Good Samaritan Presents Budget for 2016

Good Samaritan’s 2016 Operating Budget was approved at Tuesday night’s Board of Governor’s meeting. The budget highlights the organization’s continued focus on the care and safety of its patients and improving the health and wellness of the communities the hospital proudly serves. There is a 3% operating margin based on increased volumes and reduced costs. The budget reflects Good Samaritan’s commitment to offering higher quality health care combined with cost-effective and state-of-the-art care.

As a testament to the hospital’s mission to provide quality health care to everyone, regardless of ability to pay, the budget anticipates nearly $13 million in charity medical care during the year, which is projected to be a 3.3% increase from 2015. Thomas Cook, Chief Financial Officer stated, “even with HIP 2.0 Medicaid Expansion in place, which is expected to allow 350,000 additional Hoosiers (9,000 Good Samaritan patients) to receive health insurance they did not previously have, the reality is that there is still a great number of people who are living without health care coverage.” The focus of Good Samaritan is on assuring everyone in our community has access to the highest quality health care. The Primary Care Clinic, a health office that provides care to uninsured patients, saw more than 4,000 patients in 2015 and will grow in the next year. Community Health Services (CHS) are also out in the community providing health screenings in Knox and surrounding counties. In 2015, CHS provided 27,310 screenings to 23,890 people that may have otherwise not received any health care.

“Every year the budget process for Good Samaritan and health care in general becomes more difficult. With continuous cuts in Medicare and Medicaid reimbursement and inflationary pressures on the expense side, maintaining a positive operating margin while recognizing the financial impact to our patients is a challenge,” stated Rob McLin, President and CEO. “However, because of the dedicated and passionate people taking care of our patients and our facility on a daily basis, we remain optimistic and encouraged about our future.”

Optimism reigns with new specialty relationships in inpatient care with vascular/thoracic surgery and pain management beginning in January. A new orthopedic surgeon will also arrive at Good Samaritan in August of 2016.

“The hospital’s budget for 2016 is based on positive outpatient growth as particularly seen in the outpatient area in 2015 and is anticipated to continue through the coming year,” added Cook. “We have welcomed 13 new physicians this year and look forward to even more additions to the medical staff throughout 2016. These new physicians allow the hospital to remain optimistic in our vision of growth in the hospital’s future. Because of these additions in 2015, Good Samaritan projects a 3.28% increase in volumes in 2016.

The budget will reflect the growth of the Samaritan Center by 12.6%, outpatient visits by 4% and physician services volumes by 8.49%. Some of the growth centers on a full year in the new Gibault Memorial Tower. “We could not be more excited to be in our new world class facility for our patients,” added McLin. “As we start to wind down the BEACON Project, we will be consolidating our Rehab Unit to a new location within the hospital in May and will open our new Orthopedics Center of Excellence in July of 2016. This will also contribute to outpatient growth.”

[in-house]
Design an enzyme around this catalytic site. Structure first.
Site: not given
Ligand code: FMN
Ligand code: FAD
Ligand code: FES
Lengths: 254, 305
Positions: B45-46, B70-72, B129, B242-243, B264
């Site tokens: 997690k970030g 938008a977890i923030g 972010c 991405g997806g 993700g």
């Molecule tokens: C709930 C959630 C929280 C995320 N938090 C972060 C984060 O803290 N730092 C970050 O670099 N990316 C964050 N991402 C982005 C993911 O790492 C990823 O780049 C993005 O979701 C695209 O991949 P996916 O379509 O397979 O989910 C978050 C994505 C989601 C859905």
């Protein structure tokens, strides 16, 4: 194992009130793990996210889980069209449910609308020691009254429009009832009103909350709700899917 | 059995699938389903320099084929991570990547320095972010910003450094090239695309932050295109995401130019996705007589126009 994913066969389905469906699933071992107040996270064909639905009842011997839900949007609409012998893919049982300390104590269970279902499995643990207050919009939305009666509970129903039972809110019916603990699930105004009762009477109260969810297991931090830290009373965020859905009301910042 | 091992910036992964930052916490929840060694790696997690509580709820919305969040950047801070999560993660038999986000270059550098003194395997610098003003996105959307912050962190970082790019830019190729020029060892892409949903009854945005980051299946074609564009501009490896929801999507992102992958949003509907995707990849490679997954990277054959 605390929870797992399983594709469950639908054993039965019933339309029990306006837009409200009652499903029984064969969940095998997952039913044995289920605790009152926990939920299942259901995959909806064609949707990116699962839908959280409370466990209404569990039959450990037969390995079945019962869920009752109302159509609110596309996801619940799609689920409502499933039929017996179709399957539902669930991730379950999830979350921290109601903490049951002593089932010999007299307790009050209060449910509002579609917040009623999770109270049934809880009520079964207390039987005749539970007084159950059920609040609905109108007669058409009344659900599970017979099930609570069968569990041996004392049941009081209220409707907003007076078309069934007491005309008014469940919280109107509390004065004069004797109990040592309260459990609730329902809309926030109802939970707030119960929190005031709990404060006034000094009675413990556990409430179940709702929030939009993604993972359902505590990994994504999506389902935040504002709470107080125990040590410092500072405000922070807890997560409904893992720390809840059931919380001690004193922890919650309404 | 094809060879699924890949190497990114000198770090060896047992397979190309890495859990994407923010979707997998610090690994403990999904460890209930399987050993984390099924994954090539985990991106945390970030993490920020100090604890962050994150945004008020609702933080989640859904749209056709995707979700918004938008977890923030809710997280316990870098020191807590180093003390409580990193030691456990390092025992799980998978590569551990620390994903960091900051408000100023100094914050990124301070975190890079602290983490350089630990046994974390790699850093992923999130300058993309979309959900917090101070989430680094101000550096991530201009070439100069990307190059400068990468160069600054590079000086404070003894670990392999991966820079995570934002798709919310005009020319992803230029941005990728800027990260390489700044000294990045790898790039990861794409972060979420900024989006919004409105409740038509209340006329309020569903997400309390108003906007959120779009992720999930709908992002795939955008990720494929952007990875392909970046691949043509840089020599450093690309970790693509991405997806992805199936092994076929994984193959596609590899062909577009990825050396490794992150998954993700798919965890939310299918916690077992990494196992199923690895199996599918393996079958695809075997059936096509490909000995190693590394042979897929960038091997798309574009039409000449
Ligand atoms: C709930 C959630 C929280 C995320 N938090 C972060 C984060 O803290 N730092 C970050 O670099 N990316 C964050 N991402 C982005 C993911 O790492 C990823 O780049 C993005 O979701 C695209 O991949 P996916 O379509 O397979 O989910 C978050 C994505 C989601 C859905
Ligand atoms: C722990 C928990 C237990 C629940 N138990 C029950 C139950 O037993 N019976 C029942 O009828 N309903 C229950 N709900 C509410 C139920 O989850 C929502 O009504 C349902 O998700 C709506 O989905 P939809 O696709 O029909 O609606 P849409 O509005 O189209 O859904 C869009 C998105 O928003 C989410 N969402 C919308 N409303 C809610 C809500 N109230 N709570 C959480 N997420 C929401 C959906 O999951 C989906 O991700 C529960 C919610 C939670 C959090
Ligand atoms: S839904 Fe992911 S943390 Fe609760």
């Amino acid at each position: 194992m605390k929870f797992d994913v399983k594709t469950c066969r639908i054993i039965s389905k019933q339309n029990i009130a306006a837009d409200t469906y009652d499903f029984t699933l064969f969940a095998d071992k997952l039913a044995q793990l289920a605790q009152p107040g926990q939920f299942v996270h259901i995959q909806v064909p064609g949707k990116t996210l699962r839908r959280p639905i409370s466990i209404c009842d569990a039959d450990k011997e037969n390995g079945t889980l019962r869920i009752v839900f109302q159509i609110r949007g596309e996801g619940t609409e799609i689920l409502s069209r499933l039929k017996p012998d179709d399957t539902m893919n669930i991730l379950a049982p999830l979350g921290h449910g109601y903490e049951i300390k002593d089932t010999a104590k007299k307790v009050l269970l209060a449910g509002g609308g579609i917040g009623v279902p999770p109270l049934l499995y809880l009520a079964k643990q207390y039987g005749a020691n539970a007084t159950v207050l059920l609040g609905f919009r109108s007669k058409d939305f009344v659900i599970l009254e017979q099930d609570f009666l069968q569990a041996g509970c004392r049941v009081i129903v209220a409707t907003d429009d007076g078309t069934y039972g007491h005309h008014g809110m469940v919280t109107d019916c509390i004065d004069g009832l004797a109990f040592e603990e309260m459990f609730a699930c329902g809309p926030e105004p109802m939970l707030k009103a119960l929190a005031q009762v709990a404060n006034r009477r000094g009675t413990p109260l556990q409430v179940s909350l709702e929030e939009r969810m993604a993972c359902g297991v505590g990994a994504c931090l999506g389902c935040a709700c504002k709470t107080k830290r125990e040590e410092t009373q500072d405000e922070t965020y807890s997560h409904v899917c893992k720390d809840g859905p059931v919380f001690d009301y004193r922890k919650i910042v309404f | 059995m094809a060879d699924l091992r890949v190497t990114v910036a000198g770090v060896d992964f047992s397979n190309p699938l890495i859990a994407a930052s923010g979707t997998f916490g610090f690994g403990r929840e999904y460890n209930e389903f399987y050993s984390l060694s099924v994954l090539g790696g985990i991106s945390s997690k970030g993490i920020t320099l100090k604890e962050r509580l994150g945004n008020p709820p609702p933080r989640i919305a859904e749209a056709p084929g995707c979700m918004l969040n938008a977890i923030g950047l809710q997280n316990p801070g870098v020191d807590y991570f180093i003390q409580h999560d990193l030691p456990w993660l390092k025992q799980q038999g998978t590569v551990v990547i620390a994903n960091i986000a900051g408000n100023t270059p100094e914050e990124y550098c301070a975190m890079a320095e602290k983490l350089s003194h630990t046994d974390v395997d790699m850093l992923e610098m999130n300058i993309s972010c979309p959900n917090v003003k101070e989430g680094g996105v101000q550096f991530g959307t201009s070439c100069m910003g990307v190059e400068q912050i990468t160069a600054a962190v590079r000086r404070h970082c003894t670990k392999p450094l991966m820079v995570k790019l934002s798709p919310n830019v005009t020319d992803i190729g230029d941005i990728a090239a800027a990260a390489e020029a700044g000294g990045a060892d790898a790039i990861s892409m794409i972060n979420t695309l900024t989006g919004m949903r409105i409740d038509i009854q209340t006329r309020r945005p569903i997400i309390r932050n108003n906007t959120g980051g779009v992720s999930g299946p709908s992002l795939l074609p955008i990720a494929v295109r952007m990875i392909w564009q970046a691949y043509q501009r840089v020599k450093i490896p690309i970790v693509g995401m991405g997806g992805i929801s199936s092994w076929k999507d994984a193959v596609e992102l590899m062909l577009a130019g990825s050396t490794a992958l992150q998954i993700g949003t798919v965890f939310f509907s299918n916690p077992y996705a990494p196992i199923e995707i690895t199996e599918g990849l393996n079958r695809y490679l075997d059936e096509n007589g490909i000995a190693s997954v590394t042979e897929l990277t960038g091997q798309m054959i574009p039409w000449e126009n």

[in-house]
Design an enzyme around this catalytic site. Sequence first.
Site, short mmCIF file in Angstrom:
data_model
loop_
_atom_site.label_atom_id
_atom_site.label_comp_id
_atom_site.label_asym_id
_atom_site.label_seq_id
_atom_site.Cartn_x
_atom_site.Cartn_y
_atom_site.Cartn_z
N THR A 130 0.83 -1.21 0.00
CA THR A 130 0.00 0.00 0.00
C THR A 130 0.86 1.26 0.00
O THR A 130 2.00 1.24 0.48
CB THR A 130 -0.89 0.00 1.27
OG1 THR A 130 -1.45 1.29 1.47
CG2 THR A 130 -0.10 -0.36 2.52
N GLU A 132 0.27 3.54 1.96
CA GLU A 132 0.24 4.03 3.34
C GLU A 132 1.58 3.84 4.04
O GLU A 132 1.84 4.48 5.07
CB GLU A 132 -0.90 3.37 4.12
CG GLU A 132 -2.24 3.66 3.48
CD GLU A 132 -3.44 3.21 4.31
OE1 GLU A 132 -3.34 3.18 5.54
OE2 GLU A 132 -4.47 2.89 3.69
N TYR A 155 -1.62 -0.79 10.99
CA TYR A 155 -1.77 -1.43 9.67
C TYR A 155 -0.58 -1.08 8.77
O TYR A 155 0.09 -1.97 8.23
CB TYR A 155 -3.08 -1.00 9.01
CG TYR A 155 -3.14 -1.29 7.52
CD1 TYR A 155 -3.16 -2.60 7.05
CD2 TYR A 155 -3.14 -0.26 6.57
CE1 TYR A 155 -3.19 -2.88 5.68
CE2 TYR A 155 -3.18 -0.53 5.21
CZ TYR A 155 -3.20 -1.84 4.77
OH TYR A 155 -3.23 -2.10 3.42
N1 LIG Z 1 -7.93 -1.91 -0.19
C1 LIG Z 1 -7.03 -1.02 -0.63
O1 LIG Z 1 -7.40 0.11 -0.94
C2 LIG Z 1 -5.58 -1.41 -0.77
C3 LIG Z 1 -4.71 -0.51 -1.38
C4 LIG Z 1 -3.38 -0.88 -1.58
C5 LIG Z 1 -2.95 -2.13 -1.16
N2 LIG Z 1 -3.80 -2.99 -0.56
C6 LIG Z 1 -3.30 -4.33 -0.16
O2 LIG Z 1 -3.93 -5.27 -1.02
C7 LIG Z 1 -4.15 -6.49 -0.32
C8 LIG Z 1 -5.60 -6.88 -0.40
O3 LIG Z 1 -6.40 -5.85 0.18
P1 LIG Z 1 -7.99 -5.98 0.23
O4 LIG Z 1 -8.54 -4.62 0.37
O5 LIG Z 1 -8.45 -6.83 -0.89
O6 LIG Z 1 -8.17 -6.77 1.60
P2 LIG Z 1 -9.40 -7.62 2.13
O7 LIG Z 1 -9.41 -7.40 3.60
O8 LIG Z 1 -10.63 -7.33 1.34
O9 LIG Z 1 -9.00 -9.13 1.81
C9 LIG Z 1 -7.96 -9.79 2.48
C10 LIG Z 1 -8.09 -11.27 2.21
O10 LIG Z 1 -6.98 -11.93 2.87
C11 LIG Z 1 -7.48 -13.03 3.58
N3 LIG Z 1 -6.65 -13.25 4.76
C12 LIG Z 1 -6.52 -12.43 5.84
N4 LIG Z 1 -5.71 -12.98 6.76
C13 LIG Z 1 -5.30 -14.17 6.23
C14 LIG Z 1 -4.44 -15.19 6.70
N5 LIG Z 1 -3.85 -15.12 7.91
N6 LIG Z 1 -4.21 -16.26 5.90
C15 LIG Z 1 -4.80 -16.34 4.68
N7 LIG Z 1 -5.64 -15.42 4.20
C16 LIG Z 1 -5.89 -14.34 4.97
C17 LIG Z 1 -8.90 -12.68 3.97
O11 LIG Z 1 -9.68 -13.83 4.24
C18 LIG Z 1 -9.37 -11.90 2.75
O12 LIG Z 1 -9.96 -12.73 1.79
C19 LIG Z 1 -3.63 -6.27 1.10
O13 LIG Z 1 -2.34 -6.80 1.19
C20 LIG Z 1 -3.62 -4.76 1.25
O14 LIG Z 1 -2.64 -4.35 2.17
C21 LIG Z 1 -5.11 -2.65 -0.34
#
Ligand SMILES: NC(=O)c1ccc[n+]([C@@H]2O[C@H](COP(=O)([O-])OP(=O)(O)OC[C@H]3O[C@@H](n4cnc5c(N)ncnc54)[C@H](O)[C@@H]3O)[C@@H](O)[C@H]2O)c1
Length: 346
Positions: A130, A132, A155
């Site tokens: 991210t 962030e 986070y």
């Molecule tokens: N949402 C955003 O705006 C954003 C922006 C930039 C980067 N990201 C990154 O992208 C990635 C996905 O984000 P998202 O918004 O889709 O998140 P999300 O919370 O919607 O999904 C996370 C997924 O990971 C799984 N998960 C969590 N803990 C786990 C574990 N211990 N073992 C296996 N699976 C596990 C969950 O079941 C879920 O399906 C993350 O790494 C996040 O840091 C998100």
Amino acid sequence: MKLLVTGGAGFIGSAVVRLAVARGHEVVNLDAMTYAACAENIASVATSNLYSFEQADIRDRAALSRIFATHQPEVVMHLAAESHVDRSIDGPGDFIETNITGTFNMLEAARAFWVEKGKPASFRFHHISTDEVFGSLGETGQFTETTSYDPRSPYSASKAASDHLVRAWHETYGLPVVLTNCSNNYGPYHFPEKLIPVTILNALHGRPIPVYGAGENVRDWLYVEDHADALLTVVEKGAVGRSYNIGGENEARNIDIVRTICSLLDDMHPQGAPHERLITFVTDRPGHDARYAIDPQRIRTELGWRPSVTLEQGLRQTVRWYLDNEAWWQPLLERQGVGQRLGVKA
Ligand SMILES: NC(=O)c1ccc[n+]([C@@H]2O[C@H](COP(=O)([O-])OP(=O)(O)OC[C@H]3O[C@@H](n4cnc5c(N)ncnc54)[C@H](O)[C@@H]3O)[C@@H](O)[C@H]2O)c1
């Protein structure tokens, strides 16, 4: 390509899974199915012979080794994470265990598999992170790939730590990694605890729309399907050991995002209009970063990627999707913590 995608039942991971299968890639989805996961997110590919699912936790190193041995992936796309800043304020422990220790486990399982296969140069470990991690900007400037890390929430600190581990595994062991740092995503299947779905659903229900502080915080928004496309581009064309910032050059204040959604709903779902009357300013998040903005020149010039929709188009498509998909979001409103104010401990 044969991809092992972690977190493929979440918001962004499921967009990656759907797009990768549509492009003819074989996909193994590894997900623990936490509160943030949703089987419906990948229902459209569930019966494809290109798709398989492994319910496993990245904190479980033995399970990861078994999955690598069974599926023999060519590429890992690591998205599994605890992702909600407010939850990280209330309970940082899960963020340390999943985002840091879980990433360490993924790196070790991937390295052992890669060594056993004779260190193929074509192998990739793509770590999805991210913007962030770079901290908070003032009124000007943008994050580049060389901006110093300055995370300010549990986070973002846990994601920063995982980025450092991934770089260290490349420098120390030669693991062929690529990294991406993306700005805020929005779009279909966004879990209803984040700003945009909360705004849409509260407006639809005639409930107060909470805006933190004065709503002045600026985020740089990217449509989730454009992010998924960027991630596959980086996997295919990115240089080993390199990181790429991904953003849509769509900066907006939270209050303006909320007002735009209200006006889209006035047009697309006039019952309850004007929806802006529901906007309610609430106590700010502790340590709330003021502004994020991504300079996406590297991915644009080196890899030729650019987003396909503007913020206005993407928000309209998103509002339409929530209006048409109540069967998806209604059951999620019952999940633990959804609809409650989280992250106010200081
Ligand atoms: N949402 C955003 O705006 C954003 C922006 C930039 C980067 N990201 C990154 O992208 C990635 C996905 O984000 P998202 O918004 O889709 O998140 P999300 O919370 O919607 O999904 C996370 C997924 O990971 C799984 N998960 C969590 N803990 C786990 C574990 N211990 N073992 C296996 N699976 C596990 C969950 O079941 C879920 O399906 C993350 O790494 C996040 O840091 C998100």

Good Samaritan continues to remain price and cost competitive. The hospital announced an average rate increase for services at 3.8%. Compared to Voluntary Hospitals of America (VHA), the typical rate increases being seen across the midwest range from 5-9%. Additionally, Cook noted that through September 2015, Good Samaritan was 12.2% lower in cost than peer hospitals and 15.3% lower than statewide hospitals of similar size based on Indiana Hospital Association comparative data. “We recognize the significant costs of individuals and employers with today’s health care system,” said Cook. “We care about our patients and the communities we serve, and we are sincerely trying to keep our health care costs lower and more affordable to those who put their trust in us.”

Dean Wagoner, Vice President of Human Resources, presented an increase of 2% in employee wages. The result is an additional $1.2 million added to the wage and salary expense. “We are pleased to provide this pay raise in recognition of the outstanding care our 1,900 employees provide every day. Good Samaritan employees continue to improve productivity and cost containment daily and deserve to be rewarded for their hard work,” stated Wagoner.

Health care is continuously changing and Good Samaritan works diligently to ensure the hospital is on the forefront of this change. “I am confident our staff will continue to keep Good Samaritan moving toward its vision of being the regional center of excellence in health and wellness,” stated McLin. Because of our world class staff and medical team, we remain the best choice for health care in our region.”

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